A Utopia? Government Without Territorial Monopoly
AbstractWe normally take it for granted that a government or state has its corresponding territory. This paper shows that government need not have a territorial monopoly. The paper advances a practical constitutional proposal, based on the notion that there are meaningful government units, whose major characteristic is not the territorial extension of government but its function. The proposal allows for the emergence of governmental organisations, called functional, overlapping, competing jurisdictions (FOCJs). Their territory is variable, and they do not have a territorial monopoly over it. Rather, they are in competition with each other. (JEL: H 11, H 4, H 5)
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Bibliographic InfoArticle provided by Mohr Siebeck, Tübingen in its journal Journal of Institutional and Theoretical Economics.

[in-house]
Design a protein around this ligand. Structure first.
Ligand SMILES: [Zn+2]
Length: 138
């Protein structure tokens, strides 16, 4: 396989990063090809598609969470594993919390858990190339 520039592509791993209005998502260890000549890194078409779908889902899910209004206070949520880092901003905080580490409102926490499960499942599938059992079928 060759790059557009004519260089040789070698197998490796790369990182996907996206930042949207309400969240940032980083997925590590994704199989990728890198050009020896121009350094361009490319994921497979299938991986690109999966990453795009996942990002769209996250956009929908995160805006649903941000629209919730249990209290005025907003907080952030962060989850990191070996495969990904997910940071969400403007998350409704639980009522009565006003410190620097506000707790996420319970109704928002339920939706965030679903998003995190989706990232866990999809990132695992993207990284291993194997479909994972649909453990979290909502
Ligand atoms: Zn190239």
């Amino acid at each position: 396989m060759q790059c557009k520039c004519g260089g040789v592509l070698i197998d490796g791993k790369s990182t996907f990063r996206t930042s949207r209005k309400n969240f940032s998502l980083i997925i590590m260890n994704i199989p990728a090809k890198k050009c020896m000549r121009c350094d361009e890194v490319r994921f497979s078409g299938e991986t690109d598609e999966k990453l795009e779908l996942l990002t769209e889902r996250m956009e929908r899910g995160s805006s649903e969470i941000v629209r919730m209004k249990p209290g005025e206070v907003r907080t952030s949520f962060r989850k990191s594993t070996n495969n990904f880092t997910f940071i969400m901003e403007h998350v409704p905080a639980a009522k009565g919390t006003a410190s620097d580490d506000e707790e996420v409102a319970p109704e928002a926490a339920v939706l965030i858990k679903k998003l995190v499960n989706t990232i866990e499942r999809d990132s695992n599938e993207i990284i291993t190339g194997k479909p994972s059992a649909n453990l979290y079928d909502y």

Volume (Year): 157 (2001)
Issue (Month): 1 (March)
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Other versions of this item:
- H11 - Public Economics - - Structure and Scope of Government - - - Structure and Scope of Government
- H4 - Public Economics - - Publicly Provided Goods
- H5 - Public Economics - - National Government Expenditures and Related Policies
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- Bruno Frey, 2013. "European unification: a new proposal," Constitutional Political Economy, Springer, vol. 24(4), pages 285-294, December.
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